Tuesday, March 08, 2005

Users Kicking Ass

Kathy Sierra at Creating Passionate Users hits the nail on the head with her brilliant post, Can you have too much ease-of-use? Kathy's answer—and I wholly agree—is yes, indeed, you can make things too easy. People find value in things that provide continuous challenge. Accomplishment and constant growth is the root of passion. Kathy sums it up like this:
[G]ive your users an "I kick ass" experience, and you'll greatly increase the chances that they'll become passionate.
Users kicking ass. I love it! A child jumping and dancing around the room after conquering a once-insurmountable challenge on your site's game. A technophobic adult basking in the success of posting the family's vacation photos online for the first time. An administrative assistant successfully arranging the boss' intricate travel plans at the last minute. They all kick ass. They all feel alive. They will all visit your site again. Enthusiastically.

It's more than just elation. We're hard-wired for continuous challenge. It's in our DNA. It accounts for our survival as a species. It may very well be our greatest asset but is easily forgotten in the cushy life of the developed world. No wonder Xtreme sports are the rage; we've got to go to the edges to satisfy our innate need for challenge.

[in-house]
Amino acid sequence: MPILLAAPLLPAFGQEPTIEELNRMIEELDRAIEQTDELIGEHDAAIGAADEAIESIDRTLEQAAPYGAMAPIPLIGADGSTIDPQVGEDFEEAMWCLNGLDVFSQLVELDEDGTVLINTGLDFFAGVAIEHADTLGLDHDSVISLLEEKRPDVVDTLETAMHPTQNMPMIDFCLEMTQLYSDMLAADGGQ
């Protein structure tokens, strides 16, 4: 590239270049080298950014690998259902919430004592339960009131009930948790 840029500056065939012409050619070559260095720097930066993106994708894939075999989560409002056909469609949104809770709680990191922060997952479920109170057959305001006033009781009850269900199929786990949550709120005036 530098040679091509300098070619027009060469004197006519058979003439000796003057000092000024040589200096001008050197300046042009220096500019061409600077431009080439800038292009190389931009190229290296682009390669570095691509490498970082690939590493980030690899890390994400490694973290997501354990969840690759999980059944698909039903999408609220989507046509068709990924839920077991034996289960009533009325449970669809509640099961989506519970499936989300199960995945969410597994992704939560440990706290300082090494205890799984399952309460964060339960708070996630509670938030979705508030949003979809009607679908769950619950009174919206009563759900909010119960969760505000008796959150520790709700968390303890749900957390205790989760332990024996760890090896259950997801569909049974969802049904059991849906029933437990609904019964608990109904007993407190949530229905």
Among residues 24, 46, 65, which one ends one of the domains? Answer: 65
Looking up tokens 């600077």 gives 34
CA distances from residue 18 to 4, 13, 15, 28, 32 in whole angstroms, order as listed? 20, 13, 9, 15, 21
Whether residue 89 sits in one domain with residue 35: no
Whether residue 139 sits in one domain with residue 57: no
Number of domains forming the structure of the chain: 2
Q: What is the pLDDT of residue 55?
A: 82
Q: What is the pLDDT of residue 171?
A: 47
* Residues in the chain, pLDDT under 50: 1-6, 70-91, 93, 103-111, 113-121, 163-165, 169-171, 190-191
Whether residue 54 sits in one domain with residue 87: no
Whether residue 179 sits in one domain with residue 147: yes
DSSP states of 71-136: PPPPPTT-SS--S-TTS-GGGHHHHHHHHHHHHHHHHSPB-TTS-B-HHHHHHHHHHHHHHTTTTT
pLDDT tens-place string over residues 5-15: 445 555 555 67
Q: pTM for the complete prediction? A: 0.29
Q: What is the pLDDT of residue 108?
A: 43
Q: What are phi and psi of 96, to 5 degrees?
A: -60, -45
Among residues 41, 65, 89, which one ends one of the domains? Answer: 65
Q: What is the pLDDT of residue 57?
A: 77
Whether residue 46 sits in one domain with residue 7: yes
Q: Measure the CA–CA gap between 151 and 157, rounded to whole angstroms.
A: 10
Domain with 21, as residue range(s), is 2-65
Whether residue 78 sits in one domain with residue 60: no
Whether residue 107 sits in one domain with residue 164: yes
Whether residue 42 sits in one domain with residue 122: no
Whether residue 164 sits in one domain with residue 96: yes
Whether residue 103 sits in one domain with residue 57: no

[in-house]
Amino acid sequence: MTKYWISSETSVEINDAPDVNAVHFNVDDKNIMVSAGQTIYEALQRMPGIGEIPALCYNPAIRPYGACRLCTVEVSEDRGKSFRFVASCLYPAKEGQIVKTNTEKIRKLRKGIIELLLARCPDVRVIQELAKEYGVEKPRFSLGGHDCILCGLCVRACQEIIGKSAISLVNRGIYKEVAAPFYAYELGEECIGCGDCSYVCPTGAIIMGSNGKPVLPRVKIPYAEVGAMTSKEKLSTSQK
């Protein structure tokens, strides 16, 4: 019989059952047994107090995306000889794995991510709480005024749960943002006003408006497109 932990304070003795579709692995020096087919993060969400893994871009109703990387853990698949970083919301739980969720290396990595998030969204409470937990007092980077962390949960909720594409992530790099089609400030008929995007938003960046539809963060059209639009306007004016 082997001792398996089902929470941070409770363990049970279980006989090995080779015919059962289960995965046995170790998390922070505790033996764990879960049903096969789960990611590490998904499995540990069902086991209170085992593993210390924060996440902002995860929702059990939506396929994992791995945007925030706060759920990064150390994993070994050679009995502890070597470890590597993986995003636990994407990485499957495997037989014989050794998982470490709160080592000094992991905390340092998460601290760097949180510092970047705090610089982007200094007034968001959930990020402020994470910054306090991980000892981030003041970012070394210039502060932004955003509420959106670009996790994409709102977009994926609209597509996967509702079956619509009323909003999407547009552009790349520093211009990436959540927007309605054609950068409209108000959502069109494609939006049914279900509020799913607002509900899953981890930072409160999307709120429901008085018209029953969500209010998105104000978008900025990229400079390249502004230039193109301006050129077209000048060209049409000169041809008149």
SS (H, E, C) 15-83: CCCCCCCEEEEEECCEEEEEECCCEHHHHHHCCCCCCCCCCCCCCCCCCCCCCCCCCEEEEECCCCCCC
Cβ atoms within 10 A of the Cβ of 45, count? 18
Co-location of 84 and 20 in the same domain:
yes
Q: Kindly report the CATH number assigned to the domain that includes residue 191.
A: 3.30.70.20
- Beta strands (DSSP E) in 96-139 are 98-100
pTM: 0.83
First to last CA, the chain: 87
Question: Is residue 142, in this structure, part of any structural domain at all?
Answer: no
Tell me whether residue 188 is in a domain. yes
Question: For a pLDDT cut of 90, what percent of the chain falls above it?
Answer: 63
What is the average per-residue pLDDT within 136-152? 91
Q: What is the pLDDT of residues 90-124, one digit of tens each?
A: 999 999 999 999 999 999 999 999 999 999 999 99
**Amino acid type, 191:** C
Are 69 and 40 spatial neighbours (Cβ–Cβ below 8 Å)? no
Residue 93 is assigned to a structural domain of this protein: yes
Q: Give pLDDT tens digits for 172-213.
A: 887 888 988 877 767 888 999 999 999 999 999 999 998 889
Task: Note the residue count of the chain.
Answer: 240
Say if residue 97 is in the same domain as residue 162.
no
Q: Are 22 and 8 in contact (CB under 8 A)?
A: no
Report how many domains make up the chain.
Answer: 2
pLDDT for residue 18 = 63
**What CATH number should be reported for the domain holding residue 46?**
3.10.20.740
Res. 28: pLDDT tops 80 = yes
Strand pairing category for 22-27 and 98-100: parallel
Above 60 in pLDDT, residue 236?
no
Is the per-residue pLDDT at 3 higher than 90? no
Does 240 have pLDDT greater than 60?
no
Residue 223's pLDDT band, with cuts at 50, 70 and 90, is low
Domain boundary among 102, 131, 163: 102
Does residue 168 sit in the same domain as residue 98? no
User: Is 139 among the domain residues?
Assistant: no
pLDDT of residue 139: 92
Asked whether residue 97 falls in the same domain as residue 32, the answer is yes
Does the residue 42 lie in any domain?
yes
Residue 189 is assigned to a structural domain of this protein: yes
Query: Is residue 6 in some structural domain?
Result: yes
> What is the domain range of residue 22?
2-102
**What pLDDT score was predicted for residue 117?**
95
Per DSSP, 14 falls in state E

Overcoming continuous challenge is the human condition. It's rooted in our souls and spirits. Look at the great myths and stories of our world. Joseph Campbell demonstrates that they take a similar form—the Hero's Journey, a constant struggle against ever-greater adversity that results in personal transformation. Or take George Leonard's invaluable Mastery: The Keys to Success and Long-Term Fullfillment with its emphasis on journey, perseverance, surrender and transformation.

Usability, a readily-grasped information architecture, intuitive interaction design, attractive visual design—these are prerequisites to adequate user experiences, but on their own will never produce the passion arising from a great UX. Taken to an extreme, they can even diminish or destroy the experiences users seek.

We do our users (and ourselves) a disservice when we assume that a powerful UX is the result of technique, of the application of certain principles and practices. That's where we are today. Check out Amazon's listing of books on Web usability and Web user experience. Nearly 50 books (many of them outstanding), yet not one explores the inner world of UX—the psychological and spiritual, the depths of the heart where passion is born, where experience is fully felt.

We're still in the infancy of Web UX. Does that get your passion burning?

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